Guitar Lessons with Glenn Weiser
Bluegrass - Blues - Celtic - Classical - F
olk - Rock
Albany - Latham - Cononie - Clifton Park - Delmar, NY 
 4 Studio Locations:
1316 Central Ave,  Albany 

476 Troy - Schenectady Rd, Latham
118 Adams St, Delmar
Parkwood Plaza, Rt. 9, Clifton Park 
Office phone: (518) 767-9595 
Cell: (207) 329-4889 
Email:
banjoandguitar100@yahoo.com  
Mail: P.O. Box 2551, 
Albany, NY, 12220
  
Private Guitar Lessons with Glenn Weiser
Lessons can go in a lot of different directions, depending on where you want to take your playing. Some students want to learn their favorite songs, others want to play specific styles of music, and still others want a structured, progressive approach that will make them better all-around players. The choice of directions is yours. Here are some of the styles, skills, and techniques I teach:
  1. Guitar for Beginners. Just starting out? Beginners are always welcome. When youíre a beginner what you need to know are the basic chords in the first four frets and how to play melodies. If youíre out to learn rock on the electric, this can include power chords, easy riffs, and intros to famous songs.  If youíre learning on an acoustic, you need to focus on standard chords. I teach beginners the chords in the six keys used the most by guitarists (A, C, D, E, F, and G). Weíll move on there.
  2. Intermediate Acoustic Guitar. I used to write instructional columns for Acoustic Guitar magazine, and I play a lot of acoustic styles. As I mentioned above, learning acoustic guitar starts with basic chords. After you can change some chords easily, weíll learn right hand strumming and picking techniques including down-up strumming, bass note-chord, and fingerpicking patterns. Then itís on to barre chords and beyond. The singer-songwriters of the 1970s such as James Taylor and Neil Young are good to study at this stage,. as is traditional folk and roots music.
  3. Classic Rock Guitar. Many electric guitar students want to learn classic rock. If thatíd be you, I have an organized file of hundreds of tabs from guitar magazines and transcription books that thoroughly covers 60s-70s rock. You can pick out a tab and Iíll copy it for you. Tab is free with lessons, too. I have a list of my classic rock tabs is on my website here- http://www.celticguitarmusic.com/tab.htm. I can also teach you lead guitar scales and how to use them to solo over rock chord changes.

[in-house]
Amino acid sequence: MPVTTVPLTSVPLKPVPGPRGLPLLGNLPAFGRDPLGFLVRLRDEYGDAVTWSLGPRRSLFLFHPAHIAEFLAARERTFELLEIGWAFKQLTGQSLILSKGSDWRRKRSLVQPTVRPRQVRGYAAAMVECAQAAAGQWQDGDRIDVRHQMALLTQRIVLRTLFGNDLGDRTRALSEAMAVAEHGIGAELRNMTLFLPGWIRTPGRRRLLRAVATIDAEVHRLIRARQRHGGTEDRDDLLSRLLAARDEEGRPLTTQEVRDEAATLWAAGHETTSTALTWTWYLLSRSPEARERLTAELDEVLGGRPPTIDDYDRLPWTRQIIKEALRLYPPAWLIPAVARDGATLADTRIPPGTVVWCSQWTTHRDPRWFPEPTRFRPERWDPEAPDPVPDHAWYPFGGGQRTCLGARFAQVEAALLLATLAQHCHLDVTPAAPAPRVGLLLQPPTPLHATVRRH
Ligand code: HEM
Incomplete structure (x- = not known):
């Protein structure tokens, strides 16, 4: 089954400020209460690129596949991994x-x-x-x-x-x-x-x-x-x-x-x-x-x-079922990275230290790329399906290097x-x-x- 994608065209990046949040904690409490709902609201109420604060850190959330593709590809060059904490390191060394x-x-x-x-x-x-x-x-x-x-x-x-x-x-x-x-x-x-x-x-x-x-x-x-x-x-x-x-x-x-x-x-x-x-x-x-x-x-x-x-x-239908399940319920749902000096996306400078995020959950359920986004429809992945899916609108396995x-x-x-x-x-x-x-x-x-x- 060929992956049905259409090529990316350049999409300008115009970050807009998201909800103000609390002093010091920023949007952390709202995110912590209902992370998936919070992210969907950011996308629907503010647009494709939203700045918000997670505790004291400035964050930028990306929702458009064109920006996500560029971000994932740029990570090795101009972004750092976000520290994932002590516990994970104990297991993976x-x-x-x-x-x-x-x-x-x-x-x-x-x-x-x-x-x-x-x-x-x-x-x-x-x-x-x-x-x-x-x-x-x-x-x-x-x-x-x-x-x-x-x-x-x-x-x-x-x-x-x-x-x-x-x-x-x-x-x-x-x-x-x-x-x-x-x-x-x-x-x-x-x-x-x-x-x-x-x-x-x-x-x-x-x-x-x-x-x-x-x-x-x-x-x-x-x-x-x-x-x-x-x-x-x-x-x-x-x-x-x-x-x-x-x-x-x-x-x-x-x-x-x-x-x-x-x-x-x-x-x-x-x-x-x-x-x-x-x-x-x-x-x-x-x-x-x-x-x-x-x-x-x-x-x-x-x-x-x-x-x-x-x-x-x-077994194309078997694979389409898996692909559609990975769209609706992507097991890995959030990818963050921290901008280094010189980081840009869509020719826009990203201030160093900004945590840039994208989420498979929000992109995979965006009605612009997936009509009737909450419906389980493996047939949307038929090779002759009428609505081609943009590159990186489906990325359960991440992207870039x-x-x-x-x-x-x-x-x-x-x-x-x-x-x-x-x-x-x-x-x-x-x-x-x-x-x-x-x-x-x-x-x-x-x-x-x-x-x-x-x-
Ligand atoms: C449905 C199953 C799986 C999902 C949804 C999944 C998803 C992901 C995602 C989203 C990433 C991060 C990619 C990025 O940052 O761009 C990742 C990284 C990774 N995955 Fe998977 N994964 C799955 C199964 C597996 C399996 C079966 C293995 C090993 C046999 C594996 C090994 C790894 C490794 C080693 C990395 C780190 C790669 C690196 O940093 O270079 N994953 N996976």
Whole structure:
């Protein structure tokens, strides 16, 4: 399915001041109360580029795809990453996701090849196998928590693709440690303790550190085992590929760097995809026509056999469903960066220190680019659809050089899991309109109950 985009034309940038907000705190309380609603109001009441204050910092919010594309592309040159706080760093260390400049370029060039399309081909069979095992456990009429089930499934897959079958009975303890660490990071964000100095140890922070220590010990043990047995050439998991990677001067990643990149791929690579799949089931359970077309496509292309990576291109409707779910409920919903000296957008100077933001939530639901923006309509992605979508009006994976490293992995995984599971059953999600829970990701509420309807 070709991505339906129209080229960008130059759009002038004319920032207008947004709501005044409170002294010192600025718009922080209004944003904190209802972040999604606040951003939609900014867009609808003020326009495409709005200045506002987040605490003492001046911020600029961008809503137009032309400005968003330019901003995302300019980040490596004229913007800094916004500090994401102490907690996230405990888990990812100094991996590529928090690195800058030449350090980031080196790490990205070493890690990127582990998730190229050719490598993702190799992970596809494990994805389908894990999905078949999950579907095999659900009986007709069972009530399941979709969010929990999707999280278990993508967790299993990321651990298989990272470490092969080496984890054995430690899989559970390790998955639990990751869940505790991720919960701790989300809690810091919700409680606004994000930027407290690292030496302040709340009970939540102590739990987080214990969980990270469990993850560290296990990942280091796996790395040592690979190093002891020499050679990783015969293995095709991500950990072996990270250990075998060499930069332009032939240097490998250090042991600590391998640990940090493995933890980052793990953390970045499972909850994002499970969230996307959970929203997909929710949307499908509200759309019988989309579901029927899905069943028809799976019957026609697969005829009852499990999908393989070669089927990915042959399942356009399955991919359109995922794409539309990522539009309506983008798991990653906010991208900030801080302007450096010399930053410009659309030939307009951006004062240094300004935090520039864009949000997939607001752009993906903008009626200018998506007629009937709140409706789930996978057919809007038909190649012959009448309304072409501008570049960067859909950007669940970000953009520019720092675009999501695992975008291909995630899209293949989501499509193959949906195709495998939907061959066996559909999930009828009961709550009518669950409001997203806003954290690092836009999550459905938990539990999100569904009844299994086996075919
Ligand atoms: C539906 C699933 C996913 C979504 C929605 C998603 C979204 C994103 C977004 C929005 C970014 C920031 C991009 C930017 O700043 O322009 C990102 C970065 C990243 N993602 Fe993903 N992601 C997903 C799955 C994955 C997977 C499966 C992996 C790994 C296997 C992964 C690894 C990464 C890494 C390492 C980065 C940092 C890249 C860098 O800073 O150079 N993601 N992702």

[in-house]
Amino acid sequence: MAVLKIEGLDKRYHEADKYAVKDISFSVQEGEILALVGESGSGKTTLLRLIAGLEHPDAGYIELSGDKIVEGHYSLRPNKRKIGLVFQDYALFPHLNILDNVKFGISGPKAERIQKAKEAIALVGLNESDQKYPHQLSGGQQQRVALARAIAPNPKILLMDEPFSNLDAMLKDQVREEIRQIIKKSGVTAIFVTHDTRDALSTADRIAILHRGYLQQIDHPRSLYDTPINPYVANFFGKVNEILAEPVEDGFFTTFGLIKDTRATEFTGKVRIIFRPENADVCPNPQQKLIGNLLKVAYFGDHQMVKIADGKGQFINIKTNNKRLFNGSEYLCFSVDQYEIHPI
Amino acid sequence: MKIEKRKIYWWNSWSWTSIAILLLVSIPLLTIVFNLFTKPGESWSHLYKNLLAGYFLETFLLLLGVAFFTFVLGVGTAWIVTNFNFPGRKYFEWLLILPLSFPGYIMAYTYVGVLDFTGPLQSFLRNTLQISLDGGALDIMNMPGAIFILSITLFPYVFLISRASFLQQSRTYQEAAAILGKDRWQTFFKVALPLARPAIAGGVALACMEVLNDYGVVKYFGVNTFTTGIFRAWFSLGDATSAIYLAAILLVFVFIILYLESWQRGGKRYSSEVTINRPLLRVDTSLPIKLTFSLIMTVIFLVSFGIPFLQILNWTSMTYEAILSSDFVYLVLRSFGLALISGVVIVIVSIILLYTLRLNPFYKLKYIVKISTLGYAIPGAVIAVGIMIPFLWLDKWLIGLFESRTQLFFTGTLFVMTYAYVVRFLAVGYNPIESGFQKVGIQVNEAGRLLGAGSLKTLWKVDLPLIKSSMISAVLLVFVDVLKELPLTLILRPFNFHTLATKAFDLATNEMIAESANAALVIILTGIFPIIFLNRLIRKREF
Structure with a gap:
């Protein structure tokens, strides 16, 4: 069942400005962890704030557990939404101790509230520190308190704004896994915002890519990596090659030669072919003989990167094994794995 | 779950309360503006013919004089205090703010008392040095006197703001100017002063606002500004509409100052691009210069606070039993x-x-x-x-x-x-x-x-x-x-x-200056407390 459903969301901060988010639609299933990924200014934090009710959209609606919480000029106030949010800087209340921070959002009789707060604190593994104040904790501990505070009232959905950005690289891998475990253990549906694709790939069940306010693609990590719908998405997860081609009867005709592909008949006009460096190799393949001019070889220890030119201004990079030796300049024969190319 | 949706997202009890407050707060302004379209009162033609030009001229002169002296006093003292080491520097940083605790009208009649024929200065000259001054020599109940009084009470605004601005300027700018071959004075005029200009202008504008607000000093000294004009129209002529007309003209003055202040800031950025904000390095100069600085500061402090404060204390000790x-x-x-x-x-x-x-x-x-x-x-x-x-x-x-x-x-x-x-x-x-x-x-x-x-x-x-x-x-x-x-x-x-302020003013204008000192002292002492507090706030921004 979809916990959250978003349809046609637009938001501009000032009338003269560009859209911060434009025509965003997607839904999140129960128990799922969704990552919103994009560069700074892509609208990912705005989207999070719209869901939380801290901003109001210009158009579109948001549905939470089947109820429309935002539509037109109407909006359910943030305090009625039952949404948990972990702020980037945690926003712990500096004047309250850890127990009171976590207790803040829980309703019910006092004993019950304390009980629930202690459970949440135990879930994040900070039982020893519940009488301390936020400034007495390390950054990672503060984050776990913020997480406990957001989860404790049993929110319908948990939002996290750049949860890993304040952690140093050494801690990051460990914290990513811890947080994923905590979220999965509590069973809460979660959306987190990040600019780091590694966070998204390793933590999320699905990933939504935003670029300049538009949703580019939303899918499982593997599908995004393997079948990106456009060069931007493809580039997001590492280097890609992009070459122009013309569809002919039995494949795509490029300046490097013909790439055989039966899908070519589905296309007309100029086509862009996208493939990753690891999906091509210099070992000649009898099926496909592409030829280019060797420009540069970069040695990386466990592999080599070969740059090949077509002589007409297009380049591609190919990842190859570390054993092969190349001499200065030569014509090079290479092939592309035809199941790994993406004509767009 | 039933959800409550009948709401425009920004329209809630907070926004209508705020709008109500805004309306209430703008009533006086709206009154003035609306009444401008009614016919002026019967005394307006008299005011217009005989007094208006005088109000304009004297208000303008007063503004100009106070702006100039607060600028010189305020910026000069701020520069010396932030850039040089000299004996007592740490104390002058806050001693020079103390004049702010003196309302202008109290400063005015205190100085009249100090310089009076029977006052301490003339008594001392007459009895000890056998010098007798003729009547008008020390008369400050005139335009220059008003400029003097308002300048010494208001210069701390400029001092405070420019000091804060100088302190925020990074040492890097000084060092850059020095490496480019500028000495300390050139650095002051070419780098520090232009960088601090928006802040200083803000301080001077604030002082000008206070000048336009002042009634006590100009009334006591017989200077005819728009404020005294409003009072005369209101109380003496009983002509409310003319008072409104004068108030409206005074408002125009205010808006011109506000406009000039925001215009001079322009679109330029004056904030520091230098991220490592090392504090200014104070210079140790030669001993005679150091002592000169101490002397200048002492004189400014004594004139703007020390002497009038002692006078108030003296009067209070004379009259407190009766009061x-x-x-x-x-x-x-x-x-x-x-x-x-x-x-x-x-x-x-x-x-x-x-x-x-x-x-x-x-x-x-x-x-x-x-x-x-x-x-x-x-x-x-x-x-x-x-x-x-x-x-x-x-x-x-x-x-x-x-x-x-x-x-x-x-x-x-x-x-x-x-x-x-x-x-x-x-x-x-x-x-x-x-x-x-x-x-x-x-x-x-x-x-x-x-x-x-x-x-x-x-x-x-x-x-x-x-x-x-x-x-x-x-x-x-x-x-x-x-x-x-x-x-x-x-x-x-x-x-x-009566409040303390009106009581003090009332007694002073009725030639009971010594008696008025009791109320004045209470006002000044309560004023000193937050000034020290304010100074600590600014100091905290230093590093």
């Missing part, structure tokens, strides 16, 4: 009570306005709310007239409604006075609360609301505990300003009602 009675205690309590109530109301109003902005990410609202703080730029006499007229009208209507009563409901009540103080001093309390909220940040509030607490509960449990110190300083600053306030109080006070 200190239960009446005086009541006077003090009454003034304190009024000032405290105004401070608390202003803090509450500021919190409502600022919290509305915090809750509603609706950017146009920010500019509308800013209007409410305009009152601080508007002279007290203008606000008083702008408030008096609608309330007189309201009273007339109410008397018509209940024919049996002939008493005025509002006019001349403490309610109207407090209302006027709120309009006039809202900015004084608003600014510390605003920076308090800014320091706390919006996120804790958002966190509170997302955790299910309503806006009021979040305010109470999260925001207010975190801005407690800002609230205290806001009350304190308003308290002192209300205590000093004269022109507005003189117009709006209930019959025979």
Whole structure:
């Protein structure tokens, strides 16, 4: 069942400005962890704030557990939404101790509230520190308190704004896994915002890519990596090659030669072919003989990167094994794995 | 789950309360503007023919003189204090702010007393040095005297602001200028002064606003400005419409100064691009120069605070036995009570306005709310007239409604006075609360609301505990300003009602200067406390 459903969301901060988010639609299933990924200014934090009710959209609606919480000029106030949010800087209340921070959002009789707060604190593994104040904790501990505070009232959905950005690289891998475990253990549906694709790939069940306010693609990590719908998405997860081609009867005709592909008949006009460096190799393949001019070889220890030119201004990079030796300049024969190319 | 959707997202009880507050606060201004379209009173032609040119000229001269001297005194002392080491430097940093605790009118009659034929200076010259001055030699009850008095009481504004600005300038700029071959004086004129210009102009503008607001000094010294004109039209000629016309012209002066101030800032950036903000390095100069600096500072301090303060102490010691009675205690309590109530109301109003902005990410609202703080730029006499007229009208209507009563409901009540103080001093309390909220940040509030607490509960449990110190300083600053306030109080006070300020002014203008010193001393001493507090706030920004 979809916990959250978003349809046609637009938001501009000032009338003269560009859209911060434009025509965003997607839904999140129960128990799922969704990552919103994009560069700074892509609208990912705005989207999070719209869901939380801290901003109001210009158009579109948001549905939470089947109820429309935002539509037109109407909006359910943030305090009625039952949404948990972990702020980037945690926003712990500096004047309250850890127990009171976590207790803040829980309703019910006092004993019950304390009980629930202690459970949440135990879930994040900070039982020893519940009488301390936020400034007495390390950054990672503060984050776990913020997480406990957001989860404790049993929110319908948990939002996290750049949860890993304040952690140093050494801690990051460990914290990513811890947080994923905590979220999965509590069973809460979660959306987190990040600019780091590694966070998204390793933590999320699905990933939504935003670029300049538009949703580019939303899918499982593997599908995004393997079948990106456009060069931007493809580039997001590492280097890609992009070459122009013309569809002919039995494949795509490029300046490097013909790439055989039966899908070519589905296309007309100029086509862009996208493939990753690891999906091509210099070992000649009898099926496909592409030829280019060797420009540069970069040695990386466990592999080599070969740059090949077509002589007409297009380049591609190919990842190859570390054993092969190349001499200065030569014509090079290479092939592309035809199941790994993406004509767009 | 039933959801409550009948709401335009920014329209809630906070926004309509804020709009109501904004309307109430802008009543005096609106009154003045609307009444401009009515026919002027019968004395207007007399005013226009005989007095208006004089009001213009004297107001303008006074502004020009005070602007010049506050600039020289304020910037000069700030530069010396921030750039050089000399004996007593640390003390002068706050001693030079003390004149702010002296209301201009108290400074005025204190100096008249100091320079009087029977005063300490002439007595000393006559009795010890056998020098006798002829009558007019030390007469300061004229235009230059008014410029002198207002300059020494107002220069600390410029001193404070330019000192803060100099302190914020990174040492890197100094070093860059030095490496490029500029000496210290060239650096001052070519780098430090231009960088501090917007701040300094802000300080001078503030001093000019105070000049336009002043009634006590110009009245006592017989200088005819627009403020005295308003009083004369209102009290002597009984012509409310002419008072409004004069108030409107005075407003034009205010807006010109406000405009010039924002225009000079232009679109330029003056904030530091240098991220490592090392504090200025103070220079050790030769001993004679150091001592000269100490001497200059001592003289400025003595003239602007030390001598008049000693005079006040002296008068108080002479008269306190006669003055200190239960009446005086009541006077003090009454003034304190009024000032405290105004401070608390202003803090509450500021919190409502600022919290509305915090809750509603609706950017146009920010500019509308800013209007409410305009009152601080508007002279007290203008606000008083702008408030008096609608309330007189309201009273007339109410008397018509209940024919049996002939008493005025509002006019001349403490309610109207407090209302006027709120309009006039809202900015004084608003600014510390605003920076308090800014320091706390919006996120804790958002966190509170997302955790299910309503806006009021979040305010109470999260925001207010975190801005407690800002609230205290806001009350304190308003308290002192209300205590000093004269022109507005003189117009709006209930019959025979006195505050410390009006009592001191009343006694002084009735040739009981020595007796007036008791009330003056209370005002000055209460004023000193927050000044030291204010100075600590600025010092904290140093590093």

4. Current Rock Guitar-If you want to learn current rock, there are a few different ways to study. I subscribe to all the guitar magazines-Guitar World, Guitar One, Guitar World Acoustic, Acoustic Guitar, and others in order to get the half dozen or so tabs they have every month. You can give me the name of a band you like and Iíll look through my back issues  and copy some tabs for you. Or you can also bring in a CD or an iPOD with a song you want to learn, and I can figure out the song from the recording. One word here-Internet tab is better than nothing, but not much. It never has rhythm stems like professional tab and is sometimes way off. I only use tab from books and magazine that has been written accurately.
  5. Reading Music and Tab. If youíre really serious about become a good musician, sooner or later youíll need to learn to read music. Itís the best way to study music theory and get the big picture of how music works, and allows you to open up a book written for any instrument and play from it. But reading music isnít always the best way to get started on guitar, so I teach how to read tab too. If you donít want to learn to read music, no problem-there are other ways to learn.
  6. Blues Guitar-I teach both electric blues and acoustic fingerpicking country blues styles. For electric blues, you learn chord backup and how to solo. For country blues students I have a library of guitar books, including transcription books on Robert Johnson, Rev. Gary Davis, Skip James, John Hurt and many others.
  7. Celtic Guitar- Among other things, I play traditional Irish and Scottish music and have written four books of Celtic fingerstyle guitar solos. You can learn Celtic guitar in three styles-solo fingerpicking, single-note melodic flatpicking, or backup styles in DAGAD, dropped-D, other open tunings or standard tuning. The material can range from straight-ahead traditional to Clancy Brothers bar songs.
  8. Classical Guitar. I studied classical guitar all through high school, and still use classical technique in much of my fingerstyle playing. Classical guitar is pretty well-defined route in which we study out of a couple leading texts and take it from basics to Bach.
  9. Fingericking Ė I teach most acoustic fingerpicking styles-folk, blues, Celtic, and contemporary styles.
  10. Flatpicking / Bluegrass Guitar. You can learn the styles of Doc Watson, Clarence White and Tony Rice, the Big Three of flatpicking guitar, as well as flatpicking fiddle tunes. I have transcription books on all three players and other bluegrass/flatpicking volumes in my library as well.
  11. Music Theory. Learning theory will revolutionize the way you understand music. You can learn scales, intervals, triads, harmony, jazz chords and other essentials.

Free fine art bonus-"The Music Lesson," by Vermeer. Click here

Email: banjoandguitar100@yahoo.com
  

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